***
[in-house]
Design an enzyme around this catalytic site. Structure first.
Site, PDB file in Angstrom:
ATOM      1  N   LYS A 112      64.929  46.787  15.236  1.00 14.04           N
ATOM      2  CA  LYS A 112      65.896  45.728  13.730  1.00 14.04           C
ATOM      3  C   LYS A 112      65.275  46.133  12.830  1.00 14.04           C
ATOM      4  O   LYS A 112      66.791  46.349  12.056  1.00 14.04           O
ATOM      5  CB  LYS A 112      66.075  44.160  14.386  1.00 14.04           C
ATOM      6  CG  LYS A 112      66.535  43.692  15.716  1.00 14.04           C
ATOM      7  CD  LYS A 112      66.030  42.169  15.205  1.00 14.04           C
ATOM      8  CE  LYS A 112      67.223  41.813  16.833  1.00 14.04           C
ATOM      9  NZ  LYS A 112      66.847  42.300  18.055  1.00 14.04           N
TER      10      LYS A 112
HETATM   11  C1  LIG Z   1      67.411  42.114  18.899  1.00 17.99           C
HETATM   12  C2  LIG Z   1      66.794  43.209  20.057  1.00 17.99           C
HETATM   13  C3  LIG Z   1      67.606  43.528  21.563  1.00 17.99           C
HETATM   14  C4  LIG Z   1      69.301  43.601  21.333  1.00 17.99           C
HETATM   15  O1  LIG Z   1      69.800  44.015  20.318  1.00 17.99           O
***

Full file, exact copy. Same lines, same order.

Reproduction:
[in-house]
Design an enzyme around this catalytic site. Structure first.
Site, PDB file in Angstrom:
ATOM      1  N   LYS A 112      64.929  46.787  15.236  1.00 14.04           N
ATOM      2  CA  LYS A 112      65.896  45.728  13.730  1.00 14.04           C
ATOM      3  C   LYS A 112      65.275  46.133  12.830  1.00 14.04           C
ATOM      4  O   LYS A 112      66.791  46.349  12.056  1.00 14.04           O
ATOM      5  CB  LYS A 112      66.075  44.160  14.386  1.00 14.04           C
ATOM      6  CG  LYS A 112      66.535  43.692  15.716  1.00 14.04           C
ATOM      7  CD  LYS A 112      66.030  42.169  15.205  1.00 14.04           C
ATOM      8  CE  LYS A 112      67.223  41.813  16.833  1.00 14.04           C
ATOM      9  NZ  LYS A 112      66.847  42.300  18.055  1.00 14.04           N
TER      10      LYS A 112
HETATM   11  C1  LIG Z   1      67.411  42.114  18.899  1.00 17.99           C
HETATM   12  C2  LIG Z   1      66.794  43.209  20.057  1.00 17.99           C
HETATM   13  C3  LIG Z   1      67.606  43.528  21.563  1.00 17.99           C
HETATM   14  C4  LIG Z   1      69.301  43.601  21.333  1.00 17.99           C
HETATM   15  O1  LIG Z   1      69.800  44.015  20.318  1.00 17.99           O